Today BG and I started back north. Yesterday we were in the Owens Peak Wilderness, crossing the road where we were camped we entered the Chimney Peak Wilderness. For the first seven miles the trail was heavily forested, heavy by Southern California standards. We climbed to 8000 feet over a ridge where we entered the Domeland Wilderness.
I thought as we were climbing to the top of the ridge that we would be getting a panorama of the Sierras but it wasn’t to be. From the top of the ridge what we saw were more burnt trees and more dry ridges. We dropped down the other side into the high desert landscape of Rockhouse Basin. Skirting the east side of the basin we intercepted and then followed the south fork of the Kern River. The trail itself was good, mostly sandy tread; it did get soft and deep in spots. The grades were steady but gentle and the pure rock ledges rare.
I was anxious to reach Kennedy Meadows. Meadows would be a loose term, high desert flat is more accurate, except for a narrow strip along the Kern River which is thick with willows and grass. Though I was arriving four months later than I’d planned the name still holds a mystical quality for the thru hiker or rider.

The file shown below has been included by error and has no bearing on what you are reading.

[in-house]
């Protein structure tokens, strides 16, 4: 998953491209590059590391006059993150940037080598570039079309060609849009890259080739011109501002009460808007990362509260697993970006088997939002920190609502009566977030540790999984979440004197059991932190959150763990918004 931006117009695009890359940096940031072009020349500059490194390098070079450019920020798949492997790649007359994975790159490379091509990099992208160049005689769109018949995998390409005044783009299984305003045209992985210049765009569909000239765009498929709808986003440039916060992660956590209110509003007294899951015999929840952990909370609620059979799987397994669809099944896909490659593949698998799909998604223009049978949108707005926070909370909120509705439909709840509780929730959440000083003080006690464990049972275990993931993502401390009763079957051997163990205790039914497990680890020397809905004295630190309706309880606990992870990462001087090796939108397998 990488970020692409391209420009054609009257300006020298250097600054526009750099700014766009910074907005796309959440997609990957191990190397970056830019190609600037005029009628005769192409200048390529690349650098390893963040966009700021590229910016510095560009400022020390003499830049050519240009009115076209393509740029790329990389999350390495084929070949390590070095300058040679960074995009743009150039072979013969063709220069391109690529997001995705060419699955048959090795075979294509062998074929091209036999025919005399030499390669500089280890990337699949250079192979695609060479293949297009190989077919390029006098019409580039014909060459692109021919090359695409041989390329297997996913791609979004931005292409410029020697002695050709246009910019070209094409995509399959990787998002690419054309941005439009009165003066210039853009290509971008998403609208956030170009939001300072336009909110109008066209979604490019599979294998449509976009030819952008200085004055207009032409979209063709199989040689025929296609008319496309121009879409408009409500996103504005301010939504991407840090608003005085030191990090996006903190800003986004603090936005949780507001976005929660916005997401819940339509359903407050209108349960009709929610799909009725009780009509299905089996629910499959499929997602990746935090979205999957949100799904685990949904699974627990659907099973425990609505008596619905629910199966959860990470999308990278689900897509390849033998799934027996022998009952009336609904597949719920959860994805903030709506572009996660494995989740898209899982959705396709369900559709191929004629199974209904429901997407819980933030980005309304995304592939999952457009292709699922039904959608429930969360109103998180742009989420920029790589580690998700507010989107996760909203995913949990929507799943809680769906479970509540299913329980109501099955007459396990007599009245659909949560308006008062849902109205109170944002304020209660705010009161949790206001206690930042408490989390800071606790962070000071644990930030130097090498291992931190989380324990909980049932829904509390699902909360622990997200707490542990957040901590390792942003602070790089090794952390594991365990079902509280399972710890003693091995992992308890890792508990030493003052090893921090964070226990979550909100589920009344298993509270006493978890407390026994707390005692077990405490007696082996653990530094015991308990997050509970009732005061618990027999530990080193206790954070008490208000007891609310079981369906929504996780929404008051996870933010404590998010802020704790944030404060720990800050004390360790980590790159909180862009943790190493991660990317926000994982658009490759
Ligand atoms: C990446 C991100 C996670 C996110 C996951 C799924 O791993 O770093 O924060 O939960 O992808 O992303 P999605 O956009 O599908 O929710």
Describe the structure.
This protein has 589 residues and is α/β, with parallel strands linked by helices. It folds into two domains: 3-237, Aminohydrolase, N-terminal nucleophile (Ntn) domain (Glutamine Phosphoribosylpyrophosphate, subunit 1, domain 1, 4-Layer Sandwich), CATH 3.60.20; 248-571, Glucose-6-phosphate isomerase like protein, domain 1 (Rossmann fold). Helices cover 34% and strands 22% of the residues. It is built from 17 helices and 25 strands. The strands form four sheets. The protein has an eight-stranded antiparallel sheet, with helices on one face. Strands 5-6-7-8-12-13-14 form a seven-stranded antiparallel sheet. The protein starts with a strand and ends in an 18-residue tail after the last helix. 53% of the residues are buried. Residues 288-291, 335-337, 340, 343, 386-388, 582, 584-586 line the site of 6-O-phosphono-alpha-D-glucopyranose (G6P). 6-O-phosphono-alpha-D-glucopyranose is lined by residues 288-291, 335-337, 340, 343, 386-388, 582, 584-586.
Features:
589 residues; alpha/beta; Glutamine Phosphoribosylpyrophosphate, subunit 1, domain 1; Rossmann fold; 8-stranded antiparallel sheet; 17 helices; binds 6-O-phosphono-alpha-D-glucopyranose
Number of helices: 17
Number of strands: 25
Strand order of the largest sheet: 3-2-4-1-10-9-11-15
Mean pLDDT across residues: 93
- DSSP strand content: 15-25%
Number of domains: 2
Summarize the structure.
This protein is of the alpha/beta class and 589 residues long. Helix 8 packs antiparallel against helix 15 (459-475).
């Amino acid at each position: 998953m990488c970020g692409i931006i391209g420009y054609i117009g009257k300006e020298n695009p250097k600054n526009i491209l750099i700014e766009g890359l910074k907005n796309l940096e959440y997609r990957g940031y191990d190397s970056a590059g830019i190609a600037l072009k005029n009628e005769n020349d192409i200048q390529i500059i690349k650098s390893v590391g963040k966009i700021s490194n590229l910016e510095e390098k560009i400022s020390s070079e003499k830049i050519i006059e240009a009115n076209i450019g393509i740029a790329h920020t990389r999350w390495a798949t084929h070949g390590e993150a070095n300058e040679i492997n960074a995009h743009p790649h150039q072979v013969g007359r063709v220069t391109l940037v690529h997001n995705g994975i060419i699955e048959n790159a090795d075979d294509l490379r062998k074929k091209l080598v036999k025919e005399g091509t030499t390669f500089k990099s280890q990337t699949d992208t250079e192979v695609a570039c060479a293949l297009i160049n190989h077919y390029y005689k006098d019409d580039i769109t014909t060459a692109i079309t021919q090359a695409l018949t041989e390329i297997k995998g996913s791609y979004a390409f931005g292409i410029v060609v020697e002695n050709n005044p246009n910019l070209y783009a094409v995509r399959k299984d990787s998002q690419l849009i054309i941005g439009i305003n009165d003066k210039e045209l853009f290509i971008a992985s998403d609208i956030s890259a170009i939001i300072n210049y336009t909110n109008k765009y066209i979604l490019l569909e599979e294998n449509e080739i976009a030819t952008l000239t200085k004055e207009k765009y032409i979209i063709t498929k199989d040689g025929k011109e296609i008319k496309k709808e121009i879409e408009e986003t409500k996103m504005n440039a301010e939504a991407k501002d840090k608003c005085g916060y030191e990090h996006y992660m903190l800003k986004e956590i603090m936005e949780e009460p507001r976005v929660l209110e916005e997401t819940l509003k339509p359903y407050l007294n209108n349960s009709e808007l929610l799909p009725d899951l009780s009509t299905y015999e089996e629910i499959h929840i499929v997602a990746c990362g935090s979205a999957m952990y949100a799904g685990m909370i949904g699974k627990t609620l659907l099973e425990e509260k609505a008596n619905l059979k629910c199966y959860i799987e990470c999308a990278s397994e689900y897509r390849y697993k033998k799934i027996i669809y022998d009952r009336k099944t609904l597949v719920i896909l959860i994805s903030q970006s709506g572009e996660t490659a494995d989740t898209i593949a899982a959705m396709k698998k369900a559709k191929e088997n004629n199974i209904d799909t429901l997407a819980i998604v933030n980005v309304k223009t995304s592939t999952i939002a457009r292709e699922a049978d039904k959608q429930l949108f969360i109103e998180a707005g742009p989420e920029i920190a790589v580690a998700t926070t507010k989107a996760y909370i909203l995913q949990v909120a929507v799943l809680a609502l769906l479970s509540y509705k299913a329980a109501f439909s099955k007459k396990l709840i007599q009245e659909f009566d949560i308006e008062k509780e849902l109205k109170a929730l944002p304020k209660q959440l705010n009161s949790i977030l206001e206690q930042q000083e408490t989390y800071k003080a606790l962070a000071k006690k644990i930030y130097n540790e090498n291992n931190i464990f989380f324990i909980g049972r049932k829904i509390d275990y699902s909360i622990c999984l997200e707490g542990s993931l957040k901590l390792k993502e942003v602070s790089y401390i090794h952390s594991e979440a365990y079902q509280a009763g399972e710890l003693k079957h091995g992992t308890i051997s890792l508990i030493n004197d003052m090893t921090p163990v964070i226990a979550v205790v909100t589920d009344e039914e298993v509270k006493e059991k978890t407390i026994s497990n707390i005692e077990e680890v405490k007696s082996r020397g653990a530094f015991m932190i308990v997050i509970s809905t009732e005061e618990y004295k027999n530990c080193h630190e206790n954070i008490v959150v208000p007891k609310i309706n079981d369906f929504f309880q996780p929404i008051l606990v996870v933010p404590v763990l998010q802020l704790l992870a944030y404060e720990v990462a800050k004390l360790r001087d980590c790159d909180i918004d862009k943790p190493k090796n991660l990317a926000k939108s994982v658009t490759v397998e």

Every thru hiker knows Kennedy Meadows. Kennedy Meadows is also a remote hamlet reached by 25 miles of narrow, STEEP, twisty road. Kennedy Meadows offers the last on trail resupply for the next couple hundred miles. There is a small general store and an internet café, both of which offer meals, camping, showers and laundry to the hikers. In the spring the businesses are awash with hikers waiting for the snow to melt in the Sierras.
We had stopped at the store a few years ago, in late May, on one of our scouting missions. At that time there must have been twenty or more hikers lounging about the steps, porch and yard. The sheer number of hikers had put a strain on the store’s resources, to the point a cup of coffee was hard to come by. This late in the fall the store had an abandoned feel, though the shelves were well stocked. Janis and I were the only ones camping in the dispersed camping areas in the three miles between the store and the campground, which was empty as well. Tonight we are camped along the South Fork of the Kern River which is a high mountain stream at this point. The horses are enjoying the running water and even got baths while the sun was still hot.